Since 2010, the senior populations of two more neighborhoods have become immigrant-majority: Williamsbridge/Baychester in the Bronx, which is in community district (CD) 12, and Sheepshead Bay / Gravesend in Brooklyn (CD 15). There are now 23 neighborhoods citywide—as defined by the U.S. Census’ Public Use Microdata Areas (PUMA)—where the number of immigrant seniors exceeds that of native-born seniors, including ten out of the 14 neighborhoods in Queens. In fact, immigrants are responsible for all of the growth in the senior population in 13 out of the city’s 55 Census-designated neighborhoods.
Since 2010, the senior populations of two more neighborhoods have become immigrant-majority: Williamsbridge/Baychester in the Bronx, which is in community district (CD) 12, and Sheepshead Bay / Gravesend in Brooklyn (CD 15). There are now 23 neighborhoods citywide—as defined by the U.S. Census’ Public Use Microdata Areas (PUMA)—where the number of immigrant seniors exceeds that of native-born seniors, including ten out of the 14 neighborhoods in Queens. In fact, immigrants are responsible for all of the growth in the senior population in 15 out of the city’s 55 Census-designated neighborhoods.
Sunnyside/Woodside in Queens, roughly encompassing CD 2, had the greatest increase in the overall senior population among New York City’s neighborhoods. The neighborhood’s overall senior population increased by 55 percent, while the older immigrant population increased by 80 percent. Meanwhile, the native-born senior population senior population in the neighborhood increased by 8 percent. University Heights / Fordham in the Bronx (CD 5) experienced the second largest increase in the senior population (55 percent), and also a 60 percent increase in the older immigrant population and a 37 percent increase in the native-born senior population. However, more than half (55 percent) of the growth in the native-born senior population is due to the increase in Puerto Rican seniors.
In Staten Island, the South Shore (CD 3) had the greatest increase in the senior population, registering a 36 percent increase in the overall senior population, a 23 percent increase in the older immigrant population, and a 36 percent increase in the native-born senior population. East Flatbush in Brooklyn (CD 17) had the greatest increase in that borough, with a 35 percent increase in the overall senior population, an 85 percent increase in the older immigrant population, and a 34 percent decrease in the native-born senior population.
Seniors from China are responsible for the greatest increase in the senior population from any country or region of origin citywide, particularly in Sunnyside (CD 2) and Flushing, Queens (CD 7). Immigrants from the Dominican Republic are the dominant group in 16 neighborhoods, and are also driving the growth in the senior population in several neighborhoods, most notably in East Flatbush, Brooklyn (CD 10), and Queens Village (CD 13). Meanwhile, seniors from Russia and other former Soviet republics drive the growth in the senior population in Bay Ridge, Sheepshead Bay, and Coney Island (CDs 10, 12, and 15, respectively).
Most older immigrants came to the United States when they were younger and are now moving into the 65-plus age category. Only 8 percent of foreign-born older adults in New York City came to the U.S. when they were already over age 65. But this differs significantly by country or region of origin. For example, the average age at which a senior immigrant from the Middle East arrived in the U.S. is 28, and the average senior from Italy arrived at age 26, meaning that they have spent most of their working lives in this country. In contrast, the average senior from Russia and the former Soviet Union arrived at age 49, the highest of any country or region of origin group. Not far behind are seniors from China and India, who arrived at age 46 on average.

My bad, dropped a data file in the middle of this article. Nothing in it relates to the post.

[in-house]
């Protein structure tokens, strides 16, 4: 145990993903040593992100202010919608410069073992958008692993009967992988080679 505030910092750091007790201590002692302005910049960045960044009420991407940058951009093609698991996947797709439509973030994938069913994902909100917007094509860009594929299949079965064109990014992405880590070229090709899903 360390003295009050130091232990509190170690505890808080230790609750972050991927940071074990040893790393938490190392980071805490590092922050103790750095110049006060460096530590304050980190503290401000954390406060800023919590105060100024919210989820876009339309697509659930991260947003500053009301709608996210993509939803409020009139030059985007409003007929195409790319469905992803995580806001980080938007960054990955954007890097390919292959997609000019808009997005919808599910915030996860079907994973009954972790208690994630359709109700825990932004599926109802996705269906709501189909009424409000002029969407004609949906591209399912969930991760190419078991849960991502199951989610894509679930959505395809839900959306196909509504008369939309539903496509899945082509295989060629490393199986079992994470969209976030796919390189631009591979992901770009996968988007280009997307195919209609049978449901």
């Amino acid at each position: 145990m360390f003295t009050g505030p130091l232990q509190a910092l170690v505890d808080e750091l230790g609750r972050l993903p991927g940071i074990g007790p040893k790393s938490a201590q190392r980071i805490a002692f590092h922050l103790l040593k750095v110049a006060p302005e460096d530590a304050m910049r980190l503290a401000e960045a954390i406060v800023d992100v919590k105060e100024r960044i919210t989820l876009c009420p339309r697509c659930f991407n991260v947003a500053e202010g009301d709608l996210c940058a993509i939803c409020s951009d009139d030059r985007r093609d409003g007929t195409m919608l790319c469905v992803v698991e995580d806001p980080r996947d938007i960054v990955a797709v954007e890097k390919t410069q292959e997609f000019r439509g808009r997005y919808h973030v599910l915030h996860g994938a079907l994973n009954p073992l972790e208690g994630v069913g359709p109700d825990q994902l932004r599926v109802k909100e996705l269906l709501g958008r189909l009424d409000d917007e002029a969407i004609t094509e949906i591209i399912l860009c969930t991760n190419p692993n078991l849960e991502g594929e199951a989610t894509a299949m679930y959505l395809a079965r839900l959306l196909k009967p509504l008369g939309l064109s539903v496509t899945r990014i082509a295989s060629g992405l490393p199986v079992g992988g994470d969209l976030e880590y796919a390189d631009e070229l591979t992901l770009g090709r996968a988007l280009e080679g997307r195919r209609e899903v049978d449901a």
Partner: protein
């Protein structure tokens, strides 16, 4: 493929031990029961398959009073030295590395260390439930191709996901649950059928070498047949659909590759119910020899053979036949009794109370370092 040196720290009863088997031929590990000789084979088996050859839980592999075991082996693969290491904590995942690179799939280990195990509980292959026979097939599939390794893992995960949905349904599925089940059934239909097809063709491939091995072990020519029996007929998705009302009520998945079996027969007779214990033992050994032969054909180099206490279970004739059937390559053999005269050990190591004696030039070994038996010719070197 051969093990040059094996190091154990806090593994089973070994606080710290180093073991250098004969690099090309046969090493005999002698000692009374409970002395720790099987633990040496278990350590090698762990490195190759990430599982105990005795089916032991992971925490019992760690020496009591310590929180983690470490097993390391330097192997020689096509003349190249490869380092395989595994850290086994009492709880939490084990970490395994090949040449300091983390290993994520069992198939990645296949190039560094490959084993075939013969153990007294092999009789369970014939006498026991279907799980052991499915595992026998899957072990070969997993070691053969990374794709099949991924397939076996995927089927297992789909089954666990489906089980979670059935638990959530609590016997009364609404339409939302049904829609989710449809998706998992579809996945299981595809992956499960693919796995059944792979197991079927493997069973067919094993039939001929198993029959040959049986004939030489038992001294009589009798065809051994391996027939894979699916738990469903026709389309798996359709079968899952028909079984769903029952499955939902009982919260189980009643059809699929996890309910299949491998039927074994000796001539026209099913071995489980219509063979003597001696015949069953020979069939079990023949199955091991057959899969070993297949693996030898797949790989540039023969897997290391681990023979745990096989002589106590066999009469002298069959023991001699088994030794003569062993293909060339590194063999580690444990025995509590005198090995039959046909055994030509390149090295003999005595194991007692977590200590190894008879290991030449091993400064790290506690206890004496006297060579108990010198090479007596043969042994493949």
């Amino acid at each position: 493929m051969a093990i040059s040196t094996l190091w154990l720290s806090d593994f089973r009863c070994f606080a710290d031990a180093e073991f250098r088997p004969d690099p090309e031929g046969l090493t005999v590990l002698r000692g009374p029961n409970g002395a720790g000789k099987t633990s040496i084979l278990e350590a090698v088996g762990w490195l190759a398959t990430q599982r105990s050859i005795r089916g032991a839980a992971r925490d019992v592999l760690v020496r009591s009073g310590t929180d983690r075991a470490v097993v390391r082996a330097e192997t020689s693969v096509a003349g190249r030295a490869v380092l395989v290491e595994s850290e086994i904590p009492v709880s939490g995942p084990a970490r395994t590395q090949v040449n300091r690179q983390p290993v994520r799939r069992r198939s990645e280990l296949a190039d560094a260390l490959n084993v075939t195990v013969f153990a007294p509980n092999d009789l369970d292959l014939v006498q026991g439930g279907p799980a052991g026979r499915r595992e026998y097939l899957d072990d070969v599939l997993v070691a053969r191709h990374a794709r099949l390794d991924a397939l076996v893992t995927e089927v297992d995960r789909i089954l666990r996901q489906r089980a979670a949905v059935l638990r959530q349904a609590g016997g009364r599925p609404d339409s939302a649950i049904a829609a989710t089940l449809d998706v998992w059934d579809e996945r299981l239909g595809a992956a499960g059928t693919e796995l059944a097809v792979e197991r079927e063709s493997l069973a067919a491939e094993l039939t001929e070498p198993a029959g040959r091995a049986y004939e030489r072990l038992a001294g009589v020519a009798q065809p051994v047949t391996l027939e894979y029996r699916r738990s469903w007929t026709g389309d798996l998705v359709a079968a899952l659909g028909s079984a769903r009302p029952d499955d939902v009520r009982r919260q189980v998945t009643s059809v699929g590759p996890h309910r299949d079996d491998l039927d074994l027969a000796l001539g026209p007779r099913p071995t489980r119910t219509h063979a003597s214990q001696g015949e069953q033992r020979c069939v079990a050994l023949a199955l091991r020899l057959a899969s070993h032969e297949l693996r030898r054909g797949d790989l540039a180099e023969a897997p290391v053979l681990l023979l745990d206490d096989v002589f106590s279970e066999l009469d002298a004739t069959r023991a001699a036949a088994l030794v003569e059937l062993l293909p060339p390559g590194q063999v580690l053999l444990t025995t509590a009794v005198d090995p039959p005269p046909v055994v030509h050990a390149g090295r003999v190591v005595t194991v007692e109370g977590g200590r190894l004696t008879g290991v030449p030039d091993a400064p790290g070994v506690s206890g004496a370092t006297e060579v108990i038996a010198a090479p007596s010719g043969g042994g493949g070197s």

Foreign-born older adults are more likely to be poor
Older immigrants are significantly poorer on average than native-born seniors, but poverty levels differ significantly by country or region of origin. Between 2010 and 2015 poverty among seniors overall increased one percentage point. Among older immigrants the share living below the federal poverty line increased from 21 to 22 percent and from 14 to 15 percent among native-born seniors. The most significant increase in the poverty rate was among seniors from sub-Saharan African countries, rising from 13 percent in 2010 to 26 percent in 2015. Poverty among seniors from Greece also increased significantly, from 10 to 22 percent. Poverty among seniors from Russia and the other former Soviet republics declined by one percent in the last five years, though at 42 percent, they are the poorest seniors of any country or region of origin group. Bucking this trend are Mexican seniors, who experienced an overall drop in the poverty rate from 44 percent in 2010 to 30 percent in 2015. While this is a significant drop in the poverty rate, Mexican seniors are still the third poorest group in the city.
In most cases, large changes in the population seem to be the cause of these big changes in the poverty rate. The Mexican senior population nearly doubled in the past five years while the number of seniors from sub-Saharan African countries increased 60 percent. The composition of the new entrants into the age group for each country or region of origin may be different from the existing composition. The data give some clues as to what those changes may be. For instance, in 2010 the average age at which a Mexican senior arrived in the U.S. was 46. By 2015 the average age had dropped to 36. The Mexico-born seniors who are entering the 65 and over age bracket seemed to have arrived in the U.S. at an earlier age than their predecessors, and may have had the opportunity to become more financially stable during their working years.
The median income of immigrant seniors citywide is now $10,800, but is still about half of the median income of native-born seniors, which stands at $20,800. Part of the reason for the large gap in income between foreign- and native-born seniors is because 33 percent of older immigrants do not receive Social Security benefits, compared to 17 percent of native-born seniors. These numbers are up from 31 percent and 16 percent in 2010, respectively.
Most older immigrants are not proficient in English
The share of older immigrants who speak English less than very well declined slightly from 60 percent in 2010 to 59 percent in 2015. The share who live in linguistically isolated households, meaning that nobody in their households over the age of 14 speaks English, declined from 37 percent to 36 percent.
Explore the maps below to learn more about the immigrant senior population in each of New York's neighborhoods.
Data Source: CUF analysis of U.S. Census, 2010–2015 American Community Survey data. Tabulated using IPUMS USA.
Photo credit: Eepeng Cheong/Unsplash